Lardons are 1/4-inch thick pieces of bacon cut from a thick slab that are typically cooked until crisp.
Commonly used in French cooking, lardons add flavor and texture to a variety of dishes, from salads and quiches to stews, potatoes, and vegetable dishes. Lardons can only be made from slab bacon. They are more substantial than minced bacon bits and deserve a little care in preparation if they are to be enjoyed at their best.
Apart from adding a rich flavor, lardons are also cooked in the early stages of preparing a number of dishes to release their flavorful fat, a procedure known as rendering.
To make lardons, first cut the rind away from a piece of slab bacon. Some butchers may have done this for you already. Slice the bacon into 1/4-inch thick slices, then turn these slices 90 degrees and cut into 1/4 inch pieces, so each piece contains layers of fat and lean meat.
Place the lardons in a large heavy-bottomed pan with a bit of olive oil. Set the pan over medium-low heat and cook gently, stirring to let the lardons brown and crisp evenly. Keep the heat gentle to release the fat into the pan.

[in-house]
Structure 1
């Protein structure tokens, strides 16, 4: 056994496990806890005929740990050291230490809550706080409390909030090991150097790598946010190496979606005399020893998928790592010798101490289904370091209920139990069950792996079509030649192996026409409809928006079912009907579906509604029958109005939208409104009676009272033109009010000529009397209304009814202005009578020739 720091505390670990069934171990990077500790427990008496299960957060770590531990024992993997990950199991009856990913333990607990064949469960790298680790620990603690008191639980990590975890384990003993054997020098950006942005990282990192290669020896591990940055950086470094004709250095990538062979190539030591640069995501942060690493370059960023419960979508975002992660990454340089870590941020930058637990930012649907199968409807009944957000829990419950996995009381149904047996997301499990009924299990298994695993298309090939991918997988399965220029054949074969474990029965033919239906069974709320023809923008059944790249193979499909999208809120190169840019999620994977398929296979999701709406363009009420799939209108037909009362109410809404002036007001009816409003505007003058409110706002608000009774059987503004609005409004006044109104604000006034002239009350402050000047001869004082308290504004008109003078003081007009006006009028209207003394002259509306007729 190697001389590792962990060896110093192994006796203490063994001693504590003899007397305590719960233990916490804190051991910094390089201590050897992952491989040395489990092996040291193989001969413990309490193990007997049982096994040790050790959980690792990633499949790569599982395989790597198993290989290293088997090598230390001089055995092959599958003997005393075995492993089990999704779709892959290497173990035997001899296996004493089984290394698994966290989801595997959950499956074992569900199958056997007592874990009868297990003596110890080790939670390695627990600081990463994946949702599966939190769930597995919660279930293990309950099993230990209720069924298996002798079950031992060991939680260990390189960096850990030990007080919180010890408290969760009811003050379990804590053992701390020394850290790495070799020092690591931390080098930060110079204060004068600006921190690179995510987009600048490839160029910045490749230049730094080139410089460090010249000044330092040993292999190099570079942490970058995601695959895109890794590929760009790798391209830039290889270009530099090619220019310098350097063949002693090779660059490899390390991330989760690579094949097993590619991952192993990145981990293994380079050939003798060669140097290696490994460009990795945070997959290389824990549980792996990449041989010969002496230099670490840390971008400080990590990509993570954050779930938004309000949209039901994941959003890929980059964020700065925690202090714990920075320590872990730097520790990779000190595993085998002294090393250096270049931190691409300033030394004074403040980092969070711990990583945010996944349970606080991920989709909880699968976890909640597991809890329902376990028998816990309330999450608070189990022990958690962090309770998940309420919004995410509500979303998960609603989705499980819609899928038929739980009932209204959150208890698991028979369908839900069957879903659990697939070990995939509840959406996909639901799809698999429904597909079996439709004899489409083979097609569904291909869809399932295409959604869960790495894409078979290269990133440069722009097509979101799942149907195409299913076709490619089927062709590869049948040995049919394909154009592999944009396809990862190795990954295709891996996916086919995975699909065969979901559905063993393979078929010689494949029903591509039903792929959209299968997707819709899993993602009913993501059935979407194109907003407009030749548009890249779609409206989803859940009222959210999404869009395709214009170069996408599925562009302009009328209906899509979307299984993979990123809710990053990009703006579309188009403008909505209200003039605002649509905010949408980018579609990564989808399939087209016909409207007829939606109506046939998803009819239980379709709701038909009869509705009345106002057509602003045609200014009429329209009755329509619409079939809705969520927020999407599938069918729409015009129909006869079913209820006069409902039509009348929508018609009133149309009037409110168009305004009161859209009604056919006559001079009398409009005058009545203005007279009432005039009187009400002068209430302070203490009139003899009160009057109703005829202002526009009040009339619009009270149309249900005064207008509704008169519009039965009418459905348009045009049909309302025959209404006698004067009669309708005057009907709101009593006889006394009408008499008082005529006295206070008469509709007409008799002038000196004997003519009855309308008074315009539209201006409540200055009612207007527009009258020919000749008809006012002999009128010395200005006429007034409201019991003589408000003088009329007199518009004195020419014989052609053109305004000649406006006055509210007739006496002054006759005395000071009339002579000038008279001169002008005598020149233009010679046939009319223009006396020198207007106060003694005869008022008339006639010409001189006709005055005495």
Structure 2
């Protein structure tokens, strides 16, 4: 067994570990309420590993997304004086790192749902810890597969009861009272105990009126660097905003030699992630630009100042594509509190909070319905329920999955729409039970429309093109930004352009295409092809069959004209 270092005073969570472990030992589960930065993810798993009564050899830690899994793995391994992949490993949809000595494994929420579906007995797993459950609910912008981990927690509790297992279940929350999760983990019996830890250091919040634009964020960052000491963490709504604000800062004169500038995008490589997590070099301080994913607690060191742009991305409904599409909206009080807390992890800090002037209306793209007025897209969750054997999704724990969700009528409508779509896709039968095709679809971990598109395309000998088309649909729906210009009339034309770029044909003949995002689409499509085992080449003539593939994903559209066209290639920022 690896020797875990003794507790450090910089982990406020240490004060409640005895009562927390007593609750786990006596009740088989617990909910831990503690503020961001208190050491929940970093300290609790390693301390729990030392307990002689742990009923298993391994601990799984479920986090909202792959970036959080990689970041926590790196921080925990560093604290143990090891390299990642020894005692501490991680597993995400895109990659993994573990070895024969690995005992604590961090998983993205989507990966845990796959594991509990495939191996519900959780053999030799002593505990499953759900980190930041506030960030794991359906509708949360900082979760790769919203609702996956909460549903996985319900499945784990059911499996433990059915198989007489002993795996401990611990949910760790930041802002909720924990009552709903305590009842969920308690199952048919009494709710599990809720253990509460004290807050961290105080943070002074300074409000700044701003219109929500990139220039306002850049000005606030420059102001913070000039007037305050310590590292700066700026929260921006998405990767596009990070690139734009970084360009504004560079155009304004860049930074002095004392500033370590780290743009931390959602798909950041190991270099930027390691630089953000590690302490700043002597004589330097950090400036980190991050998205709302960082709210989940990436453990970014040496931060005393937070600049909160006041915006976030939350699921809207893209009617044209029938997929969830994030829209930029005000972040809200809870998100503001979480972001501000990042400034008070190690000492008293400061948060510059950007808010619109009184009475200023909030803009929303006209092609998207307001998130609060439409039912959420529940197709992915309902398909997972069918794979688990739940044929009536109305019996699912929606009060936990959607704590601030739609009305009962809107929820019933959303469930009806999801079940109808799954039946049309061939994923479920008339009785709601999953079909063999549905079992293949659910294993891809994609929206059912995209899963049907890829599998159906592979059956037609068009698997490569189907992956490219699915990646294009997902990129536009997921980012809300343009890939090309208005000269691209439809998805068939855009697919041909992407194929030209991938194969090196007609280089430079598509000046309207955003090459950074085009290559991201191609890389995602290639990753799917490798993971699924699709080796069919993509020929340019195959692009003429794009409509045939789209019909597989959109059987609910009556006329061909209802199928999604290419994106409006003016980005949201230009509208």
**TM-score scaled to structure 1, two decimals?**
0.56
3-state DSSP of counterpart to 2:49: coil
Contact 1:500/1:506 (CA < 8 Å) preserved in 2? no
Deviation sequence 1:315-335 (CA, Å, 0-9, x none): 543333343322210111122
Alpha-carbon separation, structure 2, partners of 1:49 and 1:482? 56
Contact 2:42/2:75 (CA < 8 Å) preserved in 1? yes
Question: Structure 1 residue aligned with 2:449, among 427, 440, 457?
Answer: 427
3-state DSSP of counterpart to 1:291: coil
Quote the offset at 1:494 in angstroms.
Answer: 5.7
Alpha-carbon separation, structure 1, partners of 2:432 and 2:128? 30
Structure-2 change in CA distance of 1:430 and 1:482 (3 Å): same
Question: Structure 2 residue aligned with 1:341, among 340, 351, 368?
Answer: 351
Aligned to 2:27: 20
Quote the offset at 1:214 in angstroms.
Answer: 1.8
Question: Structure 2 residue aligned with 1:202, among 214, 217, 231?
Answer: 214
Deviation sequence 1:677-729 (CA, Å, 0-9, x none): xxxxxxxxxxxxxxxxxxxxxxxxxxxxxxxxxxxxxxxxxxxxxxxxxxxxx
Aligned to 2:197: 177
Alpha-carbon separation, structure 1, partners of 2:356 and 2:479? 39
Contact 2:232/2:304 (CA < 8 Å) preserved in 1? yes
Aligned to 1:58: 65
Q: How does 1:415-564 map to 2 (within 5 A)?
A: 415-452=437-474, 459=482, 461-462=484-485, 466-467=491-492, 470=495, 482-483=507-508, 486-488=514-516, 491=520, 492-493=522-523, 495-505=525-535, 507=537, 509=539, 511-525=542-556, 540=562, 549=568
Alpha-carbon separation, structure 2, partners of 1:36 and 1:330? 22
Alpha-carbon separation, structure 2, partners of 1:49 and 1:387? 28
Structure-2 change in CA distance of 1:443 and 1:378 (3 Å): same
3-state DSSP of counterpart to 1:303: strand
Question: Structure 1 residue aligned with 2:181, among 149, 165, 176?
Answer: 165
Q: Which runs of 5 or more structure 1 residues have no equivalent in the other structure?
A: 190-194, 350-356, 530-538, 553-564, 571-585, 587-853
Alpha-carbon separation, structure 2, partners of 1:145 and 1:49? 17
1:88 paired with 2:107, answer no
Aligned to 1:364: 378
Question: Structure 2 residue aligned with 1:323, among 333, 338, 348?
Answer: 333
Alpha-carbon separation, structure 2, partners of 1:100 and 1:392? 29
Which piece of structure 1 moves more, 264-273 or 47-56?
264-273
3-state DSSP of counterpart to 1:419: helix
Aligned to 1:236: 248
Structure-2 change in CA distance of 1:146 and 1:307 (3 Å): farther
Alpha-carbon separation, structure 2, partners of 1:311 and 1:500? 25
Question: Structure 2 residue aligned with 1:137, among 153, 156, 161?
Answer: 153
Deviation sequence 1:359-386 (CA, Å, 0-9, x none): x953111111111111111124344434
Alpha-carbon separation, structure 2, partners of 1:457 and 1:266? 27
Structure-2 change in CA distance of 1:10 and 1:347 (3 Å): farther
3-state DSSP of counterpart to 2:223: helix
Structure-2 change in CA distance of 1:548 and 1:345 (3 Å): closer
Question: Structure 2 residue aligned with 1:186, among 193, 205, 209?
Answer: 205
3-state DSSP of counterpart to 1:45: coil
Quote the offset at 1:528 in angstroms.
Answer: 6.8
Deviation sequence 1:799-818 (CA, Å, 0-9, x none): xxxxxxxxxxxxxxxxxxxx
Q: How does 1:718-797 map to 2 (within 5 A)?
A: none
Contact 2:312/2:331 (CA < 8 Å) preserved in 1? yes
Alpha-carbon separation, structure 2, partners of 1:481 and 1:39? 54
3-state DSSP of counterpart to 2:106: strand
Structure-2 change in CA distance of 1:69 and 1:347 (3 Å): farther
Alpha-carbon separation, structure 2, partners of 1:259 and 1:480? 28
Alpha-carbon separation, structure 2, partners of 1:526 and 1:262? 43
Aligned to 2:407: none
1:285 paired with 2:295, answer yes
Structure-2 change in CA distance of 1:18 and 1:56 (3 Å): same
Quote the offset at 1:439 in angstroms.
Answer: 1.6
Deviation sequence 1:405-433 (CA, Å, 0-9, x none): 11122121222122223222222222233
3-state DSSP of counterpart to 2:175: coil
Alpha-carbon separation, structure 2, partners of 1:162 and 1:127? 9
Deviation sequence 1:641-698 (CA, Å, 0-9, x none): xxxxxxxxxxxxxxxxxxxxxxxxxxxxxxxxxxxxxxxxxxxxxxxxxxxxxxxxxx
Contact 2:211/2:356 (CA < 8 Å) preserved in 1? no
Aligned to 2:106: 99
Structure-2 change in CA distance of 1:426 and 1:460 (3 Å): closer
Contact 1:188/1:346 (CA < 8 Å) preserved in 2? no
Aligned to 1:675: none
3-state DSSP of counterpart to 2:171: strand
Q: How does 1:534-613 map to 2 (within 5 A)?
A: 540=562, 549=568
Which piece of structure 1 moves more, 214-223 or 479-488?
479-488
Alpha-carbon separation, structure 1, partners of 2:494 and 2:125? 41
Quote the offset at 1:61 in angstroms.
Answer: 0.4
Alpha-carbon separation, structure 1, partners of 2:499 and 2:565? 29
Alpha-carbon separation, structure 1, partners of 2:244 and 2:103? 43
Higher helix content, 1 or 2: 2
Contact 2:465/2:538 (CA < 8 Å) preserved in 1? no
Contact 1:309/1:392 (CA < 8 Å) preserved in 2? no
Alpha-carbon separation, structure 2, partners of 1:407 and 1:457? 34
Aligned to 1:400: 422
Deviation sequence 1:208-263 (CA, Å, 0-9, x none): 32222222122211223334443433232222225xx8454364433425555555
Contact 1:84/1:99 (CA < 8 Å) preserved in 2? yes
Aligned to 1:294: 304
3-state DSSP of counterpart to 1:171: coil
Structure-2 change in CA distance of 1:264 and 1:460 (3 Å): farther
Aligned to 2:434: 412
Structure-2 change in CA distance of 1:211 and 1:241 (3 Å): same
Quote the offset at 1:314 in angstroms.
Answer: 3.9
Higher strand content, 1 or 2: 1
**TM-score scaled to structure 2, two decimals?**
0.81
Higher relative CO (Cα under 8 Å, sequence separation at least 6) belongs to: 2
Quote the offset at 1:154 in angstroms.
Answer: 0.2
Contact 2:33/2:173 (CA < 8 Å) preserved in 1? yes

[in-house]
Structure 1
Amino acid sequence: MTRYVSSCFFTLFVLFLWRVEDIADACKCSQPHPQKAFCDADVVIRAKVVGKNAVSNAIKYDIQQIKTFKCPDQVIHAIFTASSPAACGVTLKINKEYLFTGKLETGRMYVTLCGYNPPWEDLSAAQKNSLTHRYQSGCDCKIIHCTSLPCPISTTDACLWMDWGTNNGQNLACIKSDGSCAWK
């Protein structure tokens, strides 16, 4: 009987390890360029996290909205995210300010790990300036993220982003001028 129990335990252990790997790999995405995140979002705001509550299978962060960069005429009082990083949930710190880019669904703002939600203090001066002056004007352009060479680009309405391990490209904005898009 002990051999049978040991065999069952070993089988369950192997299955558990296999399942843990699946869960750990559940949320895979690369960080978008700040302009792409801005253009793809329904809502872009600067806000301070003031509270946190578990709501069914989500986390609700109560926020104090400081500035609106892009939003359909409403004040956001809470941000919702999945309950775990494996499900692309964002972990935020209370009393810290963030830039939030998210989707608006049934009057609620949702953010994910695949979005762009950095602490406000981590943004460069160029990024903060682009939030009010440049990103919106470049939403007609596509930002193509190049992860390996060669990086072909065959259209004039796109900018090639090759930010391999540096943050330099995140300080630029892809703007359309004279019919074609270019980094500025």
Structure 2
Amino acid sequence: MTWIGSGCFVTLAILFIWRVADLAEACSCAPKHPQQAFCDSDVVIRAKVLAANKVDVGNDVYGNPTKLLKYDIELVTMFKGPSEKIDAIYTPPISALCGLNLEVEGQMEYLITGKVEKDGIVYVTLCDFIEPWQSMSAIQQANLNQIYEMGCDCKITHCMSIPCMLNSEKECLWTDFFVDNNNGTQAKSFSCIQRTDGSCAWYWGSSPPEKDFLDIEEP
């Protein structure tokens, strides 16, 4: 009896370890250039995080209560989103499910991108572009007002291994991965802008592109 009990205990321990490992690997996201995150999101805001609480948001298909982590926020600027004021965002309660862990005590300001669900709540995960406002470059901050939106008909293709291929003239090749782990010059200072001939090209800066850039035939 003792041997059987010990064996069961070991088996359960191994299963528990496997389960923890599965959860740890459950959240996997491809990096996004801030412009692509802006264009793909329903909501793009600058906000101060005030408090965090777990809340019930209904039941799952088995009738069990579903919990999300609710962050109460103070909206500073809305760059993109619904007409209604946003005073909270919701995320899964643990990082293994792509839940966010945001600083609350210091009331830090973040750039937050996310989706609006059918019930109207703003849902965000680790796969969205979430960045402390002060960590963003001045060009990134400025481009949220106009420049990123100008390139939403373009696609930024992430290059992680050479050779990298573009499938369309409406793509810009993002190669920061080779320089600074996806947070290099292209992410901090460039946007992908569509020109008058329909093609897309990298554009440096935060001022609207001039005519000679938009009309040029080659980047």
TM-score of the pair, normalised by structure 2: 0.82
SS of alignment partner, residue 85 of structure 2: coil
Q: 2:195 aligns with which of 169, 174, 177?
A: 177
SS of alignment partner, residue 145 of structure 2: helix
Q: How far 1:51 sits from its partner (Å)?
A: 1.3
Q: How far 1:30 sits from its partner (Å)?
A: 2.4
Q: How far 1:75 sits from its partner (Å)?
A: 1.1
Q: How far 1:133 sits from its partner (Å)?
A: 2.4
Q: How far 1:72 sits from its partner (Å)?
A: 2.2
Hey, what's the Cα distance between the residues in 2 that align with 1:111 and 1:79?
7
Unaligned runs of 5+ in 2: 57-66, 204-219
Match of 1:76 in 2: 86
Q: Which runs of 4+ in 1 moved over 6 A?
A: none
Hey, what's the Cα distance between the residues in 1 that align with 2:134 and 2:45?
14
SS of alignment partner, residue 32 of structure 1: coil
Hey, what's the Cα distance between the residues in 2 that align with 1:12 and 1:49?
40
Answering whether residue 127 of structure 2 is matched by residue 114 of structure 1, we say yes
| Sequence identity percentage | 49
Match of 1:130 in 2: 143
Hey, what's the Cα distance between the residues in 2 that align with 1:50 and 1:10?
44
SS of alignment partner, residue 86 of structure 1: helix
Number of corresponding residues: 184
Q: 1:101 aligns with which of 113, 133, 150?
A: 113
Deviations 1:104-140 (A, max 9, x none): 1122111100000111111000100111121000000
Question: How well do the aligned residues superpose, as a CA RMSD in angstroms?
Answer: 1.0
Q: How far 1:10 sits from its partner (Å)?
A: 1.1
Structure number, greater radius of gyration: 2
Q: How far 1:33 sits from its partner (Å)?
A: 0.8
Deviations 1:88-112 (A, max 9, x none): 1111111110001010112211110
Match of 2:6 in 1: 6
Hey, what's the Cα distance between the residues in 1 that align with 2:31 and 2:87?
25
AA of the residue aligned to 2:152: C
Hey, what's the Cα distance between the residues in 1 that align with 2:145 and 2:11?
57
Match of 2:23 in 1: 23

When the lardons are crisp and golden, lift them out of the pan with a slotted spoon. Drain them briefly on paper towels.
If using in a cold dish, the lardons can be added right away. If being added to a hot dish, they should be added as garnish at the very end, so they remain crisp. Reserve the fat to use in place of oil or butter in another dish.
If you cannot find slab bacon, you can make lardons using thick-cut bacon from your market or butcher, though they will be slightly less substantial than those made from slab bacon.